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Anger and Guilt November 27, 2010

Posted by ekarlpierson in 28) Anger and Guilt.
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PARTICIPANT: You haven’t addressed the subject of anger in depth and it seems to me that it’s an issue that is a major factor for a number of people. Frustration and anger have both been a problem for me, and I have a friends, family, and coworkers who have all had the same problem. One of the men I work with took anger management classes because it became a problem for him at work and at home. Can you give us your take on that subject?

WW: Sure. I don’t usually spend a great deal of energy on that because once anger happens, it’s too late. Anger comes along somewhere down the road from the way one sees, and if a person takes care of business in the way one sees, the anger question pretty much takes care of itself. We’ve talked about the way society works backwards on so many things and this is one of them. I don’t think it’s productive in the overall picture to work on anger, but it’s worthwhile to take a short look at it.

I was watching a television program that had to do with gangs and crime. Most of the subjects were teens or young adults. A woman of some sort of authority was giving her spin on the story and she almost excused the violence and crime by stating that these were “angry young men.” She later implied that the anger was somehow brought to these young men by society or some sort of outside means. I suppose the anger was hiding behind some corner and then sneaked out and grabbed these poor fellows and forced them to become antisocial. Did these poor lads have no control over any of this? It was all caused, in the eyes of the spin lady, by social conditioning or social circumstances or some sort of blame that relieves personal responsibility. Not one person on this program discussed seeing differently as a clue.

Looking at anger is a bit like looking at a target after the bullet missed the mark. Missing the target is the result of something that went on before, probably having to do with the aiming of the gun. We’ve gone over the order of events, relative to the way we see. First, we have an ideal. Second, we use the methods of self to achieve the ideal. Third, we try to measure our success, then we end up with an emotion as the result. Where does that anger and guilt boil up from? Well, if a person goes along with the methodology trolls on side number one—being belligerent, demanding, and so on—then the trolls from the other side jump up and produce guilt, shame, and regret. If a person goes along with the methodology trolls on side number two—tolerance, obedience, self blame—then the trolls from the other side will eventually boil over and produce anger.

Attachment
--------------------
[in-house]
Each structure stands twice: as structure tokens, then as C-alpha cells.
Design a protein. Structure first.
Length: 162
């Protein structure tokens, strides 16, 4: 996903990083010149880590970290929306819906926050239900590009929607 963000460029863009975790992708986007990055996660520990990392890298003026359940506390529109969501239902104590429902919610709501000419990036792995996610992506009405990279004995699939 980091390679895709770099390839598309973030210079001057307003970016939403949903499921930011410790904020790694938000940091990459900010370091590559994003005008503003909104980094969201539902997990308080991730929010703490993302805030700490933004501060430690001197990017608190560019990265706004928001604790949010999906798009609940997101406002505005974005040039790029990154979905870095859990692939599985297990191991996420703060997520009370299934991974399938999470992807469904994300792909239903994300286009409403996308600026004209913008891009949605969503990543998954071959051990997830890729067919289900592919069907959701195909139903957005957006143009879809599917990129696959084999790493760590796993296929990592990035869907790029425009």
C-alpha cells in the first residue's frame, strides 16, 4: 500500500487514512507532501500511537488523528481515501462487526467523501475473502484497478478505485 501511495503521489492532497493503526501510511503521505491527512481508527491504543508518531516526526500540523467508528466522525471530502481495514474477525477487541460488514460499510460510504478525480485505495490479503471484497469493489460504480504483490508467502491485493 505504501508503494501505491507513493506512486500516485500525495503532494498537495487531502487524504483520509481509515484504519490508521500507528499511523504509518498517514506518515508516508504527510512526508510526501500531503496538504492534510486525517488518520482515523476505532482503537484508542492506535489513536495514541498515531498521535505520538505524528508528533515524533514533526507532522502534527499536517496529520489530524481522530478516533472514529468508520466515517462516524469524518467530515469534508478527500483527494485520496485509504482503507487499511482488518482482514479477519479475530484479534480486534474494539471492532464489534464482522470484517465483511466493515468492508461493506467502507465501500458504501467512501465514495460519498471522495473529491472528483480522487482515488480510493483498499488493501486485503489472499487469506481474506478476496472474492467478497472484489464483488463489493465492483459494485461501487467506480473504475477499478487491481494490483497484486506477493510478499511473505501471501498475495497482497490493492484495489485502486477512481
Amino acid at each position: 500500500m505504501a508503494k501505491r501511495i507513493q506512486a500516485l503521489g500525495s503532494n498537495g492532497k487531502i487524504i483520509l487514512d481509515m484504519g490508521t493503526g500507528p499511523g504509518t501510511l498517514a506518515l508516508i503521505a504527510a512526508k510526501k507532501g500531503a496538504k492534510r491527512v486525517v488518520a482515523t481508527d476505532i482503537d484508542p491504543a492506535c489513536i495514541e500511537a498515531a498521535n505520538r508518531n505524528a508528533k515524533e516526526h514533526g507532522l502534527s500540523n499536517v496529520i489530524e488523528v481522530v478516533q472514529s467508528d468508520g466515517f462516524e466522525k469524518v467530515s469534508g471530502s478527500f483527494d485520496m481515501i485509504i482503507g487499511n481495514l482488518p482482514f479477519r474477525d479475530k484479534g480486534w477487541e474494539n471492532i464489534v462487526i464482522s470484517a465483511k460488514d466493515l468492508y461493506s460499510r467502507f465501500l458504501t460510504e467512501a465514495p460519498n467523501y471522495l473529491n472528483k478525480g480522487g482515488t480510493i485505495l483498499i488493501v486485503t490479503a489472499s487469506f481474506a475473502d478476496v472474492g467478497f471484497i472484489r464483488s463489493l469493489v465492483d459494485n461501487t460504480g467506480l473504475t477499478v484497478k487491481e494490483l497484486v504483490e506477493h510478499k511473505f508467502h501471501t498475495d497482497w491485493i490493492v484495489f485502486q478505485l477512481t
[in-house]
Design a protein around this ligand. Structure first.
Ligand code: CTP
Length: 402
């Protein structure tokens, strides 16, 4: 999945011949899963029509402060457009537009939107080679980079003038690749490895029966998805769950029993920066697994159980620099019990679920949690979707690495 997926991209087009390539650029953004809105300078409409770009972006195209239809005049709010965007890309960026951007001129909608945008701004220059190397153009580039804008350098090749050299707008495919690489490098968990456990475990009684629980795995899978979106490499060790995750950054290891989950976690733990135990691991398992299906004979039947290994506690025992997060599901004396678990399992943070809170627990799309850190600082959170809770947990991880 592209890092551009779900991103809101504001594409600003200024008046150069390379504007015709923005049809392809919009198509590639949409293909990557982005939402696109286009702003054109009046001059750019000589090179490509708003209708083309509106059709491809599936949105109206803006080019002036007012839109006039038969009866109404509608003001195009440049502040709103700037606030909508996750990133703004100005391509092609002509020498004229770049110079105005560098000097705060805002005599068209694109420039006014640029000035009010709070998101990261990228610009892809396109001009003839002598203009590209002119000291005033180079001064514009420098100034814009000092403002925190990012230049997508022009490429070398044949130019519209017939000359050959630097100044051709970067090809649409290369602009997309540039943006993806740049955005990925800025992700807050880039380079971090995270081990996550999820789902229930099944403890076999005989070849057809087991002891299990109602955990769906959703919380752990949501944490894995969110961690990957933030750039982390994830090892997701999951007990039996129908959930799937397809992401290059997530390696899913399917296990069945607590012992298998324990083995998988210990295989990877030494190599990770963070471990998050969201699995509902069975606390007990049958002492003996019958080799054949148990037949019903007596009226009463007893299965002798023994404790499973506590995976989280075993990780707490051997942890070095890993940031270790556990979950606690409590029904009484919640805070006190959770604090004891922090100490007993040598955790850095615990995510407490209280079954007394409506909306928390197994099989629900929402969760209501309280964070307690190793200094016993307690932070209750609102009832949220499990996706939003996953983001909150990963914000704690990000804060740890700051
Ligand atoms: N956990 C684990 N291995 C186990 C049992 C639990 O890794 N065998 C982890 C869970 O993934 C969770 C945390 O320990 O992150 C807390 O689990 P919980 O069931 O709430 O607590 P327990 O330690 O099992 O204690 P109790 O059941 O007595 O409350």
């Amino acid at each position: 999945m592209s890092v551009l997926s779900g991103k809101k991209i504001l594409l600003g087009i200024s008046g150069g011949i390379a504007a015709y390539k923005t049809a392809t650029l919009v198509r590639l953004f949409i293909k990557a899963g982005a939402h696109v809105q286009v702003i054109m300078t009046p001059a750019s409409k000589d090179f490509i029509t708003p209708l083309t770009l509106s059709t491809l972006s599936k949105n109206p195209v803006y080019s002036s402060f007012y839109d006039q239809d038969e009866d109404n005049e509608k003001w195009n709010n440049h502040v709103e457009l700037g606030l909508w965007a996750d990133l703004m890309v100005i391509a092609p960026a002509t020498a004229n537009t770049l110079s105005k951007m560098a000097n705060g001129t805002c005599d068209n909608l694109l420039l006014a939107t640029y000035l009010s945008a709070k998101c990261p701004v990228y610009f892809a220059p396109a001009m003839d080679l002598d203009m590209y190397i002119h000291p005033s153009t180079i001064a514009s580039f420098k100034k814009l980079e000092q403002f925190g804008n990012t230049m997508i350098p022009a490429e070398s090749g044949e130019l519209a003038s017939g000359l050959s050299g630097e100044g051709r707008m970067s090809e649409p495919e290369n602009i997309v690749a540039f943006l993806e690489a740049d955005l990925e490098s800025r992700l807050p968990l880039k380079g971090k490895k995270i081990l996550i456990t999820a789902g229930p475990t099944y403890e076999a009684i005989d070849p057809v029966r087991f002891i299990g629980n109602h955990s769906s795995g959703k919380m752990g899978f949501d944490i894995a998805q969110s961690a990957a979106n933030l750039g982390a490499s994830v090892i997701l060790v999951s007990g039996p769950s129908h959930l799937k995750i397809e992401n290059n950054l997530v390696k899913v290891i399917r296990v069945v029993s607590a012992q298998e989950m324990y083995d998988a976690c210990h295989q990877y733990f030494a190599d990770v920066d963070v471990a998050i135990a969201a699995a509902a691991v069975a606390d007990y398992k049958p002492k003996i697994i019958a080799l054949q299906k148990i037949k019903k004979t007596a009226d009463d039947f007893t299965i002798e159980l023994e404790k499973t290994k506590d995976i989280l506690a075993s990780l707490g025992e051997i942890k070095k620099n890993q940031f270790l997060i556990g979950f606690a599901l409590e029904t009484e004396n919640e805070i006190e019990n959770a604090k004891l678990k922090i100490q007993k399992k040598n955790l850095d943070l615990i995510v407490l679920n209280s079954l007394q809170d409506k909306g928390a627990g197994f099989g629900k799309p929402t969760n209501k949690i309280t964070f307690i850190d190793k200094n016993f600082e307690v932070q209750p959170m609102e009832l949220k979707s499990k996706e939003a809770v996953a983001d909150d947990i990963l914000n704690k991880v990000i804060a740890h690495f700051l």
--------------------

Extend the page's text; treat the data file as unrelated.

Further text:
Rather than work on anger management, or guilt and regret counseling, I prefer to check out the way we see things, events, others, because a person’s perception is where it’s at. If you have a car that’s blowing clouds of blue-gray smoke out of the tailpipe, would you try to work on the exhaust system? Forget about the exhaust system! Let the other people work on the exhaust. I want to look further back in the chain of events to see what’s going on. There is no substitute for the way one sees.

PARTICIPANT: Do you think that it would be beneficial to those gang type kids if they could be exposed to the type of discussions that we’re having? That is, if they could listen to you that it would turn them around. Maybe counselors could be trained for this.

WW: So far, I haven’t done well at turning anyone around. I don’t have any reason to expect that some street gang member would do any better than anyone else. In addition to that, where are you going to find counselors? All of the counselors I’ve seen are trained by people in institutions that believe in high ideals and working backwards! How could councilors pass this line of teaching on to someone else when the councilors themselves believe in ideals, methods of achievement, and measuring success or failure? That’s the way institutions have always worked and that’s the way it will always be. I’ll go further and state that institutions must function that way, otherwise they wouldn’t be institutions, would they?

PARTICIPANT: It just seems to be a shame that there are people out there who could use this teaching that can’t get exposure to it.

WW: It would be very difficult for someone to get this on their own, but if they wanted it enough, they’d find it. Delta urges us every day, we trip over it every day, but we stand up and dust ourselves off, then go on as if nothing happened.

PARTICIPANT: How about going out on a limb and tell us what you would do as far as conventional treatment of gang members.

WW: Okay. I always do what I perceive as being in my best interest. Did you ever try to do something that was not in your best interest? It’s very, very difficult. These gang members are doing what they see is in their best interest. They may be wrong about it being in their best interest, but that is nonetheless what they are doing. The best thing that I’ve heard of is counseling sessions run by prison convicts. We’ve probably all seen or heard of these programs. In the big picture, aren’t the prison inmates showing the gang members that their lifestyle is not in their best interest over the long term? Some people are just unreachable and will end up in prison. It’s just the way it is. We can’t fix everything. There are plenty of people and programs out there to fix society and very little information on seeing differently. I’ll stick with seeing differently, I can let someone else fix the gang members.